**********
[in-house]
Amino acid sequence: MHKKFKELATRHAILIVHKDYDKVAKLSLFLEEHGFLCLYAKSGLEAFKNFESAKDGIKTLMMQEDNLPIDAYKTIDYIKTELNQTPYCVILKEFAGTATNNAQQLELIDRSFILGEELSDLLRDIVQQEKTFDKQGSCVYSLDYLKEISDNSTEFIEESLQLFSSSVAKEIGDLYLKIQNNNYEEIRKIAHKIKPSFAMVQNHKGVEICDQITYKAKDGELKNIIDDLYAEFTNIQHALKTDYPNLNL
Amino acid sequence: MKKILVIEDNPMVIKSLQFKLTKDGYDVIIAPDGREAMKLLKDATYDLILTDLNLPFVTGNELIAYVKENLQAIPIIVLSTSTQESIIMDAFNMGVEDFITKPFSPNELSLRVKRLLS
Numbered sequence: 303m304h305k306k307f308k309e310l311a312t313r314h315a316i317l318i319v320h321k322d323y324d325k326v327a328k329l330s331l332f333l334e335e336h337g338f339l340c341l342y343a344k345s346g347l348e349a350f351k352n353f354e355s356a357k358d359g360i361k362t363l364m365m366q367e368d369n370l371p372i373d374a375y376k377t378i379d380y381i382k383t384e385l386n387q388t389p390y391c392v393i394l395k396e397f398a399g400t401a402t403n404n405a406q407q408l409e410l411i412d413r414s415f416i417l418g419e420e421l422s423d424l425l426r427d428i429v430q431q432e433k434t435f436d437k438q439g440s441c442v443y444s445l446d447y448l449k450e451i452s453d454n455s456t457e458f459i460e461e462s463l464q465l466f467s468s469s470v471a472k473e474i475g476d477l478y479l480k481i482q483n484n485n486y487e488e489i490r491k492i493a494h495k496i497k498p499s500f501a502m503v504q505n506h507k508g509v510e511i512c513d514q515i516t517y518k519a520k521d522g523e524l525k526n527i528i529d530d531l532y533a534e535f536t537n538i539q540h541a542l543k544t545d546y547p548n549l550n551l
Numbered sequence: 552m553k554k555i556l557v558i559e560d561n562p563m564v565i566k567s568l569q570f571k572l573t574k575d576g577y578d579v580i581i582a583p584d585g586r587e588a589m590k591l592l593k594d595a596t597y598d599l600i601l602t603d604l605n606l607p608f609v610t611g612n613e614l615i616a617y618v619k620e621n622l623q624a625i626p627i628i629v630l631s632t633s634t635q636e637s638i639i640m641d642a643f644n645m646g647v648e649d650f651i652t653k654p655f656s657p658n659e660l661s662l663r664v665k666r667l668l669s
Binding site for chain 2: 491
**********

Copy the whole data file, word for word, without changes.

[in-house]
Amino acid sequence: MHKKFKELATRHAILIVHKDYDKVAKLSLFLEEHGFLCLYAKSGLEAFKNFESAKDGIKTLMMQEDNLPIDAYKTIDYIKTELNQTPYCVILKEFAGTATNNAQQLELIDRSFILGEELSDLLRDIVQQEKTFDKQGSCVYSLDYLKEISDNSTEFIEESLQLFSSSVAKEIGDLYLKIQNNNYEEIRKIAHKIKPSFAMVQNHKGVEICDQITYKAKDGELKNIIDDLYAEFTNIQHALKTDYPNLNL
Amino acid sequence: MKKILVIEDNPMVIKSLQFKLTKDGYDVIIAPDGREAMKLLKDATYDLILTDLNLPFVTGNELIAYVKENLQAIPIIVLSTSTQESIIMDAFNMGVEDFITKPFSPNELSLRVKRLLS
Numbered sequence: 303m304h305k306k307f308k309e310l311a312t313r314h315a316i317l318i319v320h321k322d323y324d325k326v327a328k329l330s331l332f333l334e335e336h337g338f339l340c341l342y343a344k345s346g347l348e349a350f351k352n353f354e355s356a357k358d359g360i361k362t363l364m365m366q367e368d369n370l371p372i373d374a375y376k377t378i379d380y381i382k383t384e385l386n387q388t389p390y391c392v393i394l395k396e397f398a399g400t401a402t403n404n405a406q407q408l409e410l411i412d413r414s415f416i417l418g419e420e421l422s423d424l425l426r427d428i429v430q431q432e433k434t435f436d437k438q439g440s441c442v443y444s445l446d447y448l449k450e451i452s453d454n455s456t457e458f459i460e461e462s463l464q465l466f467s468s469s470v471a472k473e474i475g476d477l478y479l480k481i482q483n484n485n486y487e488e489i490r491k492i493a494h495k496i497k498p499s500f501a502m503v504q505n506h507k508g509v510e511i512c513d514q515i516t517y518k519a520k521d522g523e524l525k526n527i528i529d530d531l532y533a534e535f536t537n538i539q540h541a542l543k544t545d546y547p548n549l550n551l
Numbered sequence: 552m553k554k555i556l557v558i559e560d561n562p563m564v565i566k567s568l569q570f571k572l573t574k575d576g577y578d579v580i581i582a583p584d585g586r587e588a589m590k591l592l593k594d595a596t597y598d599l600i601l602t603d604l605n606l607p608f609v610t611g612n613e614l615i616a617y618v619k620e621n622l623q624a625i626p627i628i629v630l631s632t633s634t635q636e637s638i639i640m641d642a643f644n645m646g647v648e649d650f651i652t653k654p655f656s657p658n659e660l661s662l663r664v665k666r667l668l669s
Binding site for chain 2: 491